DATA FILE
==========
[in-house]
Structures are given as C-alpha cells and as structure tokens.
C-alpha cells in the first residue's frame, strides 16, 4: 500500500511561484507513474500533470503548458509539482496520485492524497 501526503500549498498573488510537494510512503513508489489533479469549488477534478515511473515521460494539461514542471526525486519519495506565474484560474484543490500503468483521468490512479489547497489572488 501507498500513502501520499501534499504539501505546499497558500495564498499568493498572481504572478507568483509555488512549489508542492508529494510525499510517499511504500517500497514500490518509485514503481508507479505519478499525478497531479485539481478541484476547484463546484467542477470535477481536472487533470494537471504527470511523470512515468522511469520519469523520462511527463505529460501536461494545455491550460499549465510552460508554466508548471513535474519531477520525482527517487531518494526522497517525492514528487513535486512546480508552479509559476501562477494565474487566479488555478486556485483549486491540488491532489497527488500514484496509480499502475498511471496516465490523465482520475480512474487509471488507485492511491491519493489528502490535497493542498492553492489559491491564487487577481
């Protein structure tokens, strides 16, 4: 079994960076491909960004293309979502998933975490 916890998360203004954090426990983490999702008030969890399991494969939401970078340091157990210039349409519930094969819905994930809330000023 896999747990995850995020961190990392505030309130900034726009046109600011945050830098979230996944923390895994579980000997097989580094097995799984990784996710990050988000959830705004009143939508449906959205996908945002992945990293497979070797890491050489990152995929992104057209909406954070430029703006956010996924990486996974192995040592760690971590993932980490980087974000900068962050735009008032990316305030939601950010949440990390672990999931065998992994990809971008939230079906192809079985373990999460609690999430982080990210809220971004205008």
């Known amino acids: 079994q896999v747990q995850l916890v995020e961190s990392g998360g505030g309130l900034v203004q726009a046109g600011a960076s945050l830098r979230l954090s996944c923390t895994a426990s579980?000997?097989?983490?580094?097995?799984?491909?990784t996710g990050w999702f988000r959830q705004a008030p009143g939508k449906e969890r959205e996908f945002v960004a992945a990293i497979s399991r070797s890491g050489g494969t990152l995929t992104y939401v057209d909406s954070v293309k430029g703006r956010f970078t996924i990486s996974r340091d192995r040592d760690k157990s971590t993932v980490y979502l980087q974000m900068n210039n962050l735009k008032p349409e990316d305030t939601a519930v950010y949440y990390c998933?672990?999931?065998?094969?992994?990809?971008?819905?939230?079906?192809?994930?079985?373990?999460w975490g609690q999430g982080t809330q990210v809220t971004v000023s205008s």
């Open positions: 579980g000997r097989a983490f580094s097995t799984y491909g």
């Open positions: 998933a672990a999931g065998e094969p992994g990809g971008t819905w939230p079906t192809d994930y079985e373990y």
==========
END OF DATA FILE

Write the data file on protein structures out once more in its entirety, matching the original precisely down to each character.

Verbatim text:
[in-house]
Structures are given as C-alpha cells and as structure tokens.
C-alpha cells in the first residue's frame, strides 16, 4: 500500500511561484507513474500533470503548458509539482496520485492524497 501526503500549498498573488510537494510512503513508489489533479469549488477534478515511473515521460494539461514542471526525486519519495506565474484560474484543490500503468483521468490512479489547497489572488 501507498500513502501520499501534499504539501505546499497558500495564498499568493498572481504572478507568483509555488512549489508542492508529494510525499510517499511504500517500497514500490518509485514503481508507479505519478499525478497531479485539481478541484476547484463546484467542477470535477481536472487533470494537471504527470511523470512515468522511469520519469523520462511527463505529460501536461494545455491550460499549465510552460508554466508548471513535474519531477520525482527517487531518494526522497517525492514528487513535486512546480508552479509559476501562477494565474487566479488555478486556485483549486491540488491532489497527488500514484496509480499502475498511471496516465490523465482520475480512474487509471488507485492511491491519493489528502490535497493542498492553492489559491491564487487577481
């Protein structure tokens, strides 16, 4: 079994960076491909960004293309979502998933975490 916890998360203004954090426990983490999702008030969890399991494969939401970078340091157990210039349409519930094969819905994930809330000023 896999747990995850995020961190990392505030309130900034726009046109600011945050830098979230996944923390895994579980000997097989580094097995799984990784996710990050988000959830705004009143939508449906959205996908945002992945990293497979070797890491050489990152995929992104057209909406954070430029703006956010996924990486996974192995040592760690971590993932980490980087974000900068962050735009008032990316305030939601950010949440990390672990999931065998992994990809971008939230079906192809079985373990999460609690999430982080990210809220971004205008």
């Known amino acids: 079994q896999v747990q995850l916890v995020e961190s990392g998360g505030g309130l900034v203004q726009a046109g600011a960076s945050l830098r979230l954090s996944c923390t895994a426990s579980?000997?097989?983490?580094?097995?799984?491909?990784t996710g990050w999702f988000r959830q705004a008030p009143g939508k449906e969890r959205e996908f945002v960004a992945a990293i497979s399991r070797s890491g050489g494969t990152l995929t992104y939401v057209d909406s954070v293309k430029g703006r956010f970078t996924i990486s996974r340091d192995r040592d760690k157990s971590t993932v980490y979502l980087q974000m900068n210039n962050l735009k008032p349409e990316d305030t939601a519930v950010y949440y990390c998933?672990?999931?065998?094969?992994?990809?971008?819905?939230?079906?192809?994930?079985?373990?999460w975490g609690q999430g982080t809330q990210v809220t971004v000023s205008s």
């Open positions: 579980g000997r097989a983490f580094s097995t799984y491909g």
């Open positions: 998933a672990a999931g065998e094969p992994g990809g971008t819905w939230p079906t192809d994930y079985e373990y």